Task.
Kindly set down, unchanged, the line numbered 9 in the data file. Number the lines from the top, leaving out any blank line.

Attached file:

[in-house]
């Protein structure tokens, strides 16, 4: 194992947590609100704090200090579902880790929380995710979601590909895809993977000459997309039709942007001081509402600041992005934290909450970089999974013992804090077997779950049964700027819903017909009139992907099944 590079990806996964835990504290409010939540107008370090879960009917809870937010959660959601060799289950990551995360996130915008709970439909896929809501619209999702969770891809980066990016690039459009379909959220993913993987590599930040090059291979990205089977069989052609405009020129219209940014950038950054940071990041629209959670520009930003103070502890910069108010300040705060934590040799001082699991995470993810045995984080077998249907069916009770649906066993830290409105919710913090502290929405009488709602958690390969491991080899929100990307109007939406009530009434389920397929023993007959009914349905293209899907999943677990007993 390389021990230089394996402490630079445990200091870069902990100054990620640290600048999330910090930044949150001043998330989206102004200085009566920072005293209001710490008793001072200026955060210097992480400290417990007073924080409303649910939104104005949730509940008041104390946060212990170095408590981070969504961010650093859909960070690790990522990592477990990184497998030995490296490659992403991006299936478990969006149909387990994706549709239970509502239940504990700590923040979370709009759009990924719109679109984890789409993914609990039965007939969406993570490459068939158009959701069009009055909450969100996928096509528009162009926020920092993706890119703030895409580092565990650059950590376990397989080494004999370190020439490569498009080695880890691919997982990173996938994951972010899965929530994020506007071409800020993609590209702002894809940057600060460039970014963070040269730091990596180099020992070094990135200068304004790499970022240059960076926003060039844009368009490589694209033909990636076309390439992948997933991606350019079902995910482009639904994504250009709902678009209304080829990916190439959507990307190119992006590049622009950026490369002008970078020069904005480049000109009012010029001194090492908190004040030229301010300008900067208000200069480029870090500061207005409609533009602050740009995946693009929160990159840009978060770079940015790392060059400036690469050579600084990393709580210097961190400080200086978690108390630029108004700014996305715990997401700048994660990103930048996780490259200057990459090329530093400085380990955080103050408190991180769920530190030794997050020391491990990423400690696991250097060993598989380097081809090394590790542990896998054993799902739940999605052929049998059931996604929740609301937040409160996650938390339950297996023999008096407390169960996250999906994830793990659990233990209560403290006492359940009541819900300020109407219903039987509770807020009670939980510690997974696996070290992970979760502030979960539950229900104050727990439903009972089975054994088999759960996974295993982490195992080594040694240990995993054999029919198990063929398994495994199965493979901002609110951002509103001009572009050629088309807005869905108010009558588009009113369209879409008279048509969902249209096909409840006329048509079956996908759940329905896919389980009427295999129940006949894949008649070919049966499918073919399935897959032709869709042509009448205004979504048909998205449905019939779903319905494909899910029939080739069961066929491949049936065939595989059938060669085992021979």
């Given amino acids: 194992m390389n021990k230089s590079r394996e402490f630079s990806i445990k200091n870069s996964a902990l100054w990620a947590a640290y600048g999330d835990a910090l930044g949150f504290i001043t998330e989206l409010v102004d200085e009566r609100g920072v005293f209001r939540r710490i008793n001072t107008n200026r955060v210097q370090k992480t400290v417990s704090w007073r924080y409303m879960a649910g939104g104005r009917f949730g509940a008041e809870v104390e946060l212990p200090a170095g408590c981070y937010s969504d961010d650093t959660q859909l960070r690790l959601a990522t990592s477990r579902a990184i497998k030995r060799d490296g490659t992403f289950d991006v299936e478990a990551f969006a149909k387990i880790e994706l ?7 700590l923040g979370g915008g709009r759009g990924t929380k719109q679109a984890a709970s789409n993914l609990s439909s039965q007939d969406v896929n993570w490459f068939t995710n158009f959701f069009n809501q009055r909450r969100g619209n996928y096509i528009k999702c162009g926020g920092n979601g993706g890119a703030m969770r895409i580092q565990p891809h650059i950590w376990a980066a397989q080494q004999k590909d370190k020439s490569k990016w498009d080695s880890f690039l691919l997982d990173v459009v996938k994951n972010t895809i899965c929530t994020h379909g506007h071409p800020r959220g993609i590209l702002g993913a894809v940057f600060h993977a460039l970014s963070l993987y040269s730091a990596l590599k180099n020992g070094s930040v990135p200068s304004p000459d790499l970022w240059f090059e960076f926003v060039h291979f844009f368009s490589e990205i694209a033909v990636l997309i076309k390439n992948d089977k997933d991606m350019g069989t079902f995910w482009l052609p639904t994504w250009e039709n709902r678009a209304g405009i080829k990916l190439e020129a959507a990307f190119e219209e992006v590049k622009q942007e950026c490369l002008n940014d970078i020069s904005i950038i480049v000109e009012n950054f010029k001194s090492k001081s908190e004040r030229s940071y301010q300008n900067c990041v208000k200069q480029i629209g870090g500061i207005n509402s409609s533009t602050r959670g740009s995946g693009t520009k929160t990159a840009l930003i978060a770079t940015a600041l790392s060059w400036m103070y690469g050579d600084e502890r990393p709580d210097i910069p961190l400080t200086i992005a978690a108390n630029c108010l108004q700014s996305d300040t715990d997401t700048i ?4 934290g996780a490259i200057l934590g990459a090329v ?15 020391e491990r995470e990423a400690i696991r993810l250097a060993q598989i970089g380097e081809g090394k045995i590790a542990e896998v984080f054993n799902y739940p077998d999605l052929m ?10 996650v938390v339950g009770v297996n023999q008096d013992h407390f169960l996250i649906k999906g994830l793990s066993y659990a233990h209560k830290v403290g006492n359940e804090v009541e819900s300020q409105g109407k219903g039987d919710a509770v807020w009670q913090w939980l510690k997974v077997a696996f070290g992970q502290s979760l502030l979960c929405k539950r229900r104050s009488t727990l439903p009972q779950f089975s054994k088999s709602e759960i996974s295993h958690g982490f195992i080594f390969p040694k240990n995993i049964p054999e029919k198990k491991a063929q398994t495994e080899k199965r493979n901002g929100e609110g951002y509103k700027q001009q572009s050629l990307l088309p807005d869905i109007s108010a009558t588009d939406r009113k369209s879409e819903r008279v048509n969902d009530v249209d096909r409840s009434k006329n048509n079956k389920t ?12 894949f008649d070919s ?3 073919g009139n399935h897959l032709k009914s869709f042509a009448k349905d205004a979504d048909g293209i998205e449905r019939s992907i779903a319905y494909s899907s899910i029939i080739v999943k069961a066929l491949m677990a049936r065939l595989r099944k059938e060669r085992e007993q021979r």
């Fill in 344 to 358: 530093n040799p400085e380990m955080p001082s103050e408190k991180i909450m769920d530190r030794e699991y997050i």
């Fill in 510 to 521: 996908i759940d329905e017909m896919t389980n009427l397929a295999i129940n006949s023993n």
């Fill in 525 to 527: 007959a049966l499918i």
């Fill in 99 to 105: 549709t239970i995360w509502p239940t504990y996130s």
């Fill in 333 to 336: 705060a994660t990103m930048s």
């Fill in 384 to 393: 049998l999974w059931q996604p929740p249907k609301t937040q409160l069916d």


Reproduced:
């Fill in 384 to 393: 049998l999974w059931q996604p929740p249907k609301t937040q409160l069916d």